In this partially fictional account, The Runaways charts the history of the first all-girl hard-rock band, from its formation by the talented-but-sleazy Kim Fowley (Shannon), through the band’s meteoric rise overseas, lead singer Cherie Currie’s (Fanning) drug problems, and its eventual disbanding. An interesting but flawed look at a pioneering group.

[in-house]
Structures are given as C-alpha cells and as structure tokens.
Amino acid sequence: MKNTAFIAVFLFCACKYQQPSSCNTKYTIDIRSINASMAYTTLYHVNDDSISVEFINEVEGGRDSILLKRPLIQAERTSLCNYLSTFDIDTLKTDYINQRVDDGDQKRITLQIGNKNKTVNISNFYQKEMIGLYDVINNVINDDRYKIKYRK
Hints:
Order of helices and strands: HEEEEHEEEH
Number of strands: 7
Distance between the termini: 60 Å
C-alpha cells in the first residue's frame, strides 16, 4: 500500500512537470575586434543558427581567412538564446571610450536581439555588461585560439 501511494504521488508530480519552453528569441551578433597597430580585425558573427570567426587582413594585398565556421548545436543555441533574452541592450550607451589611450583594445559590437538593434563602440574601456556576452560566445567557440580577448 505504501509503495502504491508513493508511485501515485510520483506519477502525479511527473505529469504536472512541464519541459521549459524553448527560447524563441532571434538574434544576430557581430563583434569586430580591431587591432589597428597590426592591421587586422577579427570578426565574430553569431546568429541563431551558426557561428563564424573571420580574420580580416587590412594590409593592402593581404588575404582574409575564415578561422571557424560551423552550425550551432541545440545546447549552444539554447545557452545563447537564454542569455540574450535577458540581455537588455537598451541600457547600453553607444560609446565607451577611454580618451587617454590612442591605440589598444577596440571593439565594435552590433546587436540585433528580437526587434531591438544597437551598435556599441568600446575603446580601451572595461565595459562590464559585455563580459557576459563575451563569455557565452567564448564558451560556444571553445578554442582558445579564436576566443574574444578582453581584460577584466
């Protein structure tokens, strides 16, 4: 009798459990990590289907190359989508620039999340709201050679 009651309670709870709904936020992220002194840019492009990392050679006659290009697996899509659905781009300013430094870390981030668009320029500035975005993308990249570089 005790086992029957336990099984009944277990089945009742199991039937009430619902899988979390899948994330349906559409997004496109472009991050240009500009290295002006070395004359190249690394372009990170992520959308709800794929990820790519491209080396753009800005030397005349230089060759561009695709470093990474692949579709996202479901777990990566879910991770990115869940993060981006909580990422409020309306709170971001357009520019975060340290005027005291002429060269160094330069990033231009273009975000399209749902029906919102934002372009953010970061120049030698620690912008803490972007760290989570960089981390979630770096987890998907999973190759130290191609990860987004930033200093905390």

This movie excels in the subjects of sex, drugs and rock & roll, but it’s the parts in between that hamper the film. When it focuses on the music, The Runaways is at its most absorbing, delving into the relationships and turmoil of this up-and-coming group. Fanning and Stewart, while not singers themselves, do a good job of emulating Currie and Jett and breathe a lot of life into their respective roles, as does Shannon as their Svengali-like producer. His training sessions with the band are very fun to watch. Unfortunately, when the focus leaves the music and turns towards Cherie’s personal life (the movie is largely based on her autobiography Neon Angels), the script’s deficiencies are the most obvious and the film grinds to a halt. The characterizations of Cherie’s family are noticeably thin (as are the other three members of the band, coincidentally), making it hard to maintain interest. These sections tend to meander a bit, which makes the ending seem that much more abrupt and awkward. A good rock movie dragged down by backstage problems.